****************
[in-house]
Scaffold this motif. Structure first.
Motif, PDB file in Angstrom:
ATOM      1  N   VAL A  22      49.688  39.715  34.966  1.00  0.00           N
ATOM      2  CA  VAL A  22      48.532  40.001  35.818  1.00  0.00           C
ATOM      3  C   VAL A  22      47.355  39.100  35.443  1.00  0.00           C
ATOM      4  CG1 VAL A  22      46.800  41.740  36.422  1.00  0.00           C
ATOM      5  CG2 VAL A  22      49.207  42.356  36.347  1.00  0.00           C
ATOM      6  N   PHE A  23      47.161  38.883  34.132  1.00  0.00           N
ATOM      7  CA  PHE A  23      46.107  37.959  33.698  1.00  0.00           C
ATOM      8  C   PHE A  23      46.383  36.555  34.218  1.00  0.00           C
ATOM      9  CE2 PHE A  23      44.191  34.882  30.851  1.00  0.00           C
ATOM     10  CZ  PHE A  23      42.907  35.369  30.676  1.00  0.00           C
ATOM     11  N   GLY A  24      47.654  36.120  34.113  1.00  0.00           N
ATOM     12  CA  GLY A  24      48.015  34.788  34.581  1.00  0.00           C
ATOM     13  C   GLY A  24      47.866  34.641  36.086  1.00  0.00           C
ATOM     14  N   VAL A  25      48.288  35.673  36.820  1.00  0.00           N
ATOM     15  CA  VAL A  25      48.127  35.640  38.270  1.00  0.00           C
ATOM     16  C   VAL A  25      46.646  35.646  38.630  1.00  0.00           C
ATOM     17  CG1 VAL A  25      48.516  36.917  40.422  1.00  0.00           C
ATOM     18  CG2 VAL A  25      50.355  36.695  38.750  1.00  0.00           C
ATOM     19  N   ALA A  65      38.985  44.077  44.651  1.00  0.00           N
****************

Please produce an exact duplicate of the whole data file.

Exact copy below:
[in-house]
Scaffold this motif. Structure first.
Motif, PDB file in Angstrom:
ATOM      1  N   VAL A  22      49.688  39.715  34.966  1.00  0.00           N
ATOM      2  CA  VAL A  22      48.532  40.001  35.818  1.00  0.00           C
ATOM      3  C   VAL A  22      47.355  39.100  35.443  1.00  0.00           C
ATOM      4  CG1 VAL A  22      46.800  41.740  36.422  1.00  0.00           C
ATOM      5  CG2 VAL A  22      49.207  42.356  36.347  1.00  0.00           C
ATOM      6  N   PHE A  23      47.161  38.883  34.132  1.00  0.00           N
ATOM      7  CA  PHE A  23      46.107  37.959  33.698  1.00  0.00           C
ATOM      8  C   PHE A  23      46.383  36.555  34.218  1.00  0.00           C
ATOM      9  CE2 PHE A  23      44.191  34.882  30.851  1.00  0.00           C
ATOM     10  CZ  PHE A  23      42.907  35.369  30.676  1.00  0.00           C
ATOM     11  N   GLY A  24      47.654  36.120  34.113  1.00  0.00           N
ATOM     12  CA  GLY A  24      48.015  34.788  34.581  1.00  0.00           C
ATOM     13  C   GLY A  24      47.866  34.641  36.086  1.00  0.00           C
ATOM     14  N   VAL A  25      48.288  35.673  36.820  1.00  0.00           N
ATOM     15  CA  VAL A  25      48.127  35.640  38.270  1.00  0.00           C
ATOM     16  C   VAL A  25      46.646  35.646  38.630  1.00  0.00           C
ATOM     17  CG1 VAL A  25      48.516  36.917  40.422  1.00  0.00           C
ATOM     18  CG2 VAL A  25      50.355  36.695  38.750  1.00  0.00           C
ATOM     19  N   ALA A  65      38.985  44.077  44.651  1.00  0.00           N